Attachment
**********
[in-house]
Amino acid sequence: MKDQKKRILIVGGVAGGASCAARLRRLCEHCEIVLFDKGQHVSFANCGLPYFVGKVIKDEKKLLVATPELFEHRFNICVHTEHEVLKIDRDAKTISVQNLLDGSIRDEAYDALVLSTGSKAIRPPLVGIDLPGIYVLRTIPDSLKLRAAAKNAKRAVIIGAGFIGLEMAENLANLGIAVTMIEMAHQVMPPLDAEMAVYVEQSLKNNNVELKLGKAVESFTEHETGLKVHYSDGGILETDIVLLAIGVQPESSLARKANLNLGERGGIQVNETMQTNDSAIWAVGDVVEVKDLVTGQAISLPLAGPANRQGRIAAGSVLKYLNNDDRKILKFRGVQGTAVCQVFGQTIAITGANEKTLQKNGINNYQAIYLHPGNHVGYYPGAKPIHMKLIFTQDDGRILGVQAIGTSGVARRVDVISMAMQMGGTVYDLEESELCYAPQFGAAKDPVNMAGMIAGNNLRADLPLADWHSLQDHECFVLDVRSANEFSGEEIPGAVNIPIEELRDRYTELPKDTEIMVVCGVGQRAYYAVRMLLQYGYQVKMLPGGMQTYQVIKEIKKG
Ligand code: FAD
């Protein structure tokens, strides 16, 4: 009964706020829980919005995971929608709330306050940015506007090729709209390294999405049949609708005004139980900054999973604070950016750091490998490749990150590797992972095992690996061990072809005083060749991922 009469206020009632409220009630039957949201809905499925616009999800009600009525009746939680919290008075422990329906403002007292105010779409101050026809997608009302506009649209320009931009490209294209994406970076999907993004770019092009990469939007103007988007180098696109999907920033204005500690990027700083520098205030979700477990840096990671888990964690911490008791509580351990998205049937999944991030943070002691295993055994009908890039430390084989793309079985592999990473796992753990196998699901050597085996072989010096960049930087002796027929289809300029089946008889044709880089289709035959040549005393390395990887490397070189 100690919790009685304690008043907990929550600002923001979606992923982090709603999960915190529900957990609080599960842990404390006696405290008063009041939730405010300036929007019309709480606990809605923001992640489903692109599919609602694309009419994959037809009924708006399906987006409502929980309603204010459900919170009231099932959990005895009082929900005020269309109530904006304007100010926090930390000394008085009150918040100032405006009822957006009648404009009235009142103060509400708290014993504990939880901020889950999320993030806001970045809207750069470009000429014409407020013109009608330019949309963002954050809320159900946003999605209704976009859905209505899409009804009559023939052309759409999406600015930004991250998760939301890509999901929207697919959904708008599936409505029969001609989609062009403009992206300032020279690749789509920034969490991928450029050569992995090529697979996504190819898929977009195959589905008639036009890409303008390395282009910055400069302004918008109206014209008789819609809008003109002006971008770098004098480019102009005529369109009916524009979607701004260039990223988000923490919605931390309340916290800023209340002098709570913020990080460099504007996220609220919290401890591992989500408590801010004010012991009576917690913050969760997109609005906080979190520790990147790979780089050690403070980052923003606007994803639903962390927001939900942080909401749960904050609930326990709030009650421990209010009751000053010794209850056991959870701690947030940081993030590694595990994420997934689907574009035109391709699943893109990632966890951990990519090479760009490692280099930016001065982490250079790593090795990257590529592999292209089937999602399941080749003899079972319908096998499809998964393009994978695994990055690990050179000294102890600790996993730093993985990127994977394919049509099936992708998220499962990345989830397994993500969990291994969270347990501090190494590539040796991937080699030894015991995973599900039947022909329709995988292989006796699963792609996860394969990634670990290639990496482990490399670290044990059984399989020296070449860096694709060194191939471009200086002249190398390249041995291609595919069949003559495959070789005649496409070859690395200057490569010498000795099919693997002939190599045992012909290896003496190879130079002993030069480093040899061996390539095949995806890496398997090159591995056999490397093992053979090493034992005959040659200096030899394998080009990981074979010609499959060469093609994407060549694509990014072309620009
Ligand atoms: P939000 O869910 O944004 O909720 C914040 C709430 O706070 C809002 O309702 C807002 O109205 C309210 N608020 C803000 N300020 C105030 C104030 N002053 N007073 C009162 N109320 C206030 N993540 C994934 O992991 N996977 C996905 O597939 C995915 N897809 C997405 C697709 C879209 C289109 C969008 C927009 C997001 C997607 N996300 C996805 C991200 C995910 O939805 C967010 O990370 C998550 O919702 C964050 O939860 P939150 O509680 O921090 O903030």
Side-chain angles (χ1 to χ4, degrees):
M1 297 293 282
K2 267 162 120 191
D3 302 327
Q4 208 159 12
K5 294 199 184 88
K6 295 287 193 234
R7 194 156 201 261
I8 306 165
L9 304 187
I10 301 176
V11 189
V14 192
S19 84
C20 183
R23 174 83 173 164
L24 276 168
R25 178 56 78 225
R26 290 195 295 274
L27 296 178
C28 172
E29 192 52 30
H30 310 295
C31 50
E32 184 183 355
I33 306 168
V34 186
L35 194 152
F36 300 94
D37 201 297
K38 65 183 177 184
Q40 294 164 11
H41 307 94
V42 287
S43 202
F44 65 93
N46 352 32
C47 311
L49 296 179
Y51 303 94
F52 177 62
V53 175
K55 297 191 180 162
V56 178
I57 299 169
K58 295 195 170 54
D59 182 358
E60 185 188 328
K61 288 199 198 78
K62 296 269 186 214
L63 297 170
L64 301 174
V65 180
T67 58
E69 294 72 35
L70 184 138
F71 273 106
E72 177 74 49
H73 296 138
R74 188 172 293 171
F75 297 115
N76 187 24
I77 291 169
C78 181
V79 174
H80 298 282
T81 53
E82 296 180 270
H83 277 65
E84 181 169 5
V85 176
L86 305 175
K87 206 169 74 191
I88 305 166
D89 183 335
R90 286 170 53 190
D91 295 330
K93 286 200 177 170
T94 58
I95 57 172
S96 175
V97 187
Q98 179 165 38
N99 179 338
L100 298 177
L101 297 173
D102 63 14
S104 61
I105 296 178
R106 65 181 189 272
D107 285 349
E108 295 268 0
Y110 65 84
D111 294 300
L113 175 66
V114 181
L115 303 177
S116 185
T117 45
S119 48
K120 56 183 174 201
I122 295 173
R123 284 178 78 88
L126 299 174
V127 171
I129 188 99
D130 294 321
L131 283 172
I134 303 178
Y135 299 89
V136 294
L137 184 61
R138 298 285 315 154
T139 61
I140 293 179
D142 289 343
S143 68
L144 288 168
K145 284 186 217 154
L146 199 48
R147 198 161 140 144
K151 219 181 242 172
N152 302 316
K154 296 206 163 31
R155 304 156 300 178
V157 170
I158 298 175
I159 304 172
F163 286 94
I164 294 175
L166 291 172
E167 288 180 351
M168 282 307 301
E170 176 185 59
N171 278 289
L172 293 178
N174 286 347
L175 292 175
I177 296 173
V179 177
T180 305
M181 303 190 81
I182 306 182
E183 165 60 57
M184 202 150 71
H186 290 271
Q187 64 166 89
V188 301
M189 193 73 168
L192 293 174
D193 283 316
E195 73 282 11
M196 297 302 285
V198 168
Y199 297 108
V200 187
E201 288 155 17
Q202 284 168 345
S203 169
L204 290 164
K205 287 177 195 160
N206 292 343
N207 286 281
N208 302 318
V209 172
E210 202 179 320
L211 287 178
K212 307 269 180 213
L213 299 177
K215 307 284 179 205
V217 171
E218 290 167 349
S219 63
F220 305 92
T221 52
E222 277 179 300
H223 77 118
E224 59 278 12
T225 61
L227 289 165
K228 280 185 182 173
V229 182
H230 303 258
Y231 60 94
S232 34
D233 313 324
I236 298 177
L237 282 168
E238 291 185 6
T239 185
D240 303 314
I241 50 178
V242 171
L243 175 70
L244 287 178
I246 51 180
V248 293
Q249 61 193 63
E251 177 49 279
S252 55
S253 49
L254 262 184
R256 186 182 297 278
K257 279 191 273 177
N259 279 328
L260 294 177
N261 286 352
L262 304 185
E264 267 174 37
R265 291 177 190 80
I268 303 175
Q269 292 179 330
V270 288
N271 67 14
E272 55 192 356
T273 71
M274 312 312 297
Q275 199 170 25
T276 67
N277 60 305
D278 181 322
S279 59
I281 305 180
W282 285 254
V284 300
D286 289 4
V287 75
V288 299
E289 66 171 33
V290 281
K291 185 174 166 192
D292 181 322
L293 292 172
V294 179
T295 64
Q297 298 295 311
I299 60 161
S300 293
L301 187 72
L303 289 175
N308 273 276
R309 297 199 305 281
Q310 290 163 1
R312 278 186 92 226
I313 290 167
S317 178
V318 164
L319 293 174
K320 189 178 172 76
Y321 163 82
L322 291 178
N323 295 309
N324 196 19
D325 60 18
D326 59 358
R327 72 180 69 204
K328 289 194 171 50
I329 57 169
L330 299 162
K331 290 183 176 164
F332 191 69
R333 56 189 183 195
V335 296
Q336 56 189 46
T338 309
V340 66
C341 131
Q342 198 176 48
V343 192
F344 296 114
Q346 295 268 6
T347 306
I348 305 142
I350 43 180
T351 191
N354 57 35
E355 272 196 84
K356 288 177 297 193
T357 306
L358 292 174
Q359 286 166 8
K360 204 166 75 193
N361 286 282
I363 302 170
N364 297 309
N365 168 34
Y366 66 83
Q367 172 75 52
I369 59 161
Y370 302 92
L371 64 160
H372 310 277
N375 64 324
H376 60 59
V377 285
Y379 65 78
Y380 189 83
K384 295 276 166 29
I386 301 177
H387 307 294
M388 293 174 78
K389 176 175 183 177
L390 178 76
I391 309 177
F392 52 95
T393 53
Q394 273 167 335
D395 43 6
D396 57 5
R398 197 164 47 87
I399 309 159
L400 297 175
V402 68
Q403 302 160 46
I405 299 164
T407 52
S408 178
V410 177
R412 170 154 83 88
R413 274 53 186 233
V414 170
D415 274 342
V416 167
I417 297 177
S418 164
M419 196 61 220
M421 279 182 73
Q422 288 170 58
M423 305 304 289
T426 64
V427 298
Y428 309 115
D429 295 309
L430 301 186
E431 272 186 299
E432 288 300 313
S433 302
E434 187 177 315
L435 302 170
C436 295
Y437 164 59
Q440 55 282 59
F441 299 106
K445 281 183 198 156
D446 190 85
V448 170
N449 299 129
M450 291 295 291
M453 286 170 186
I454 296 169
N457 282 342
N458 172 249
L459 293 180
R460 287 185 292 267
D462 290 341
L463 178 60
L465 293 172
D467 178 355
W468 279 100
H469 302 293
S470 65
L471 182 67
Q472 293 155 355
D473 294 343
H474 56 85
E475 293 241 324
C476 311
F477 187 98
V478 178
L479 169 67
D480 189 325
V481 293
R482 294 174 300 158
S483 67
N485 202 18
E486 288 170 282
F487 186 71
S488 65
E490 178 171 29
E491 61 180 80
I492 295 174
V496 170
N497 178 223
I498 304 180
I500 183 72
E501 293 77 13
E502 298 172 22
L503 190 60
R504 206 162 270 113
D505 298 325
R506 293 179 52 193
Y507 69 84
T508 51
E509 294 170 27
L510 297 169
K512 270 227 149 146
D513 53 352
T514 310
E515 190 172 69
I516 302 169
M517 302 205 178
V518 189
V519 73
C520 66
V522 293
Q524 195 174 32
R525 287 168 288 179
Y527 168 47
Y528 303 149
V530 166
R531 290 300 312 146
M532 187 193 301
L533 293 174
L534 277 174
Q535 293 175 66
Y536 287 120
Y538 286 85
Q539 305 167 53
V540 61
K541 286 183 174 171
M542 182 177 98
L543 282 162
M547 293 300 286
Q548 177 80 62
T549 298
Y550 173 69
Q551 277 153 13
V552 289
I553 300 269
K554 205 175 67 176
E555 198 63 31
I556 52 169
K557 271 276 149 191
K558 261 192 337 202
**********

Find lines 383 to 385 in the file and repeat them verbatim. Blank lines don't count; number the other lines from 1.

S488 65
E490 178 171 29
E491 61 180 80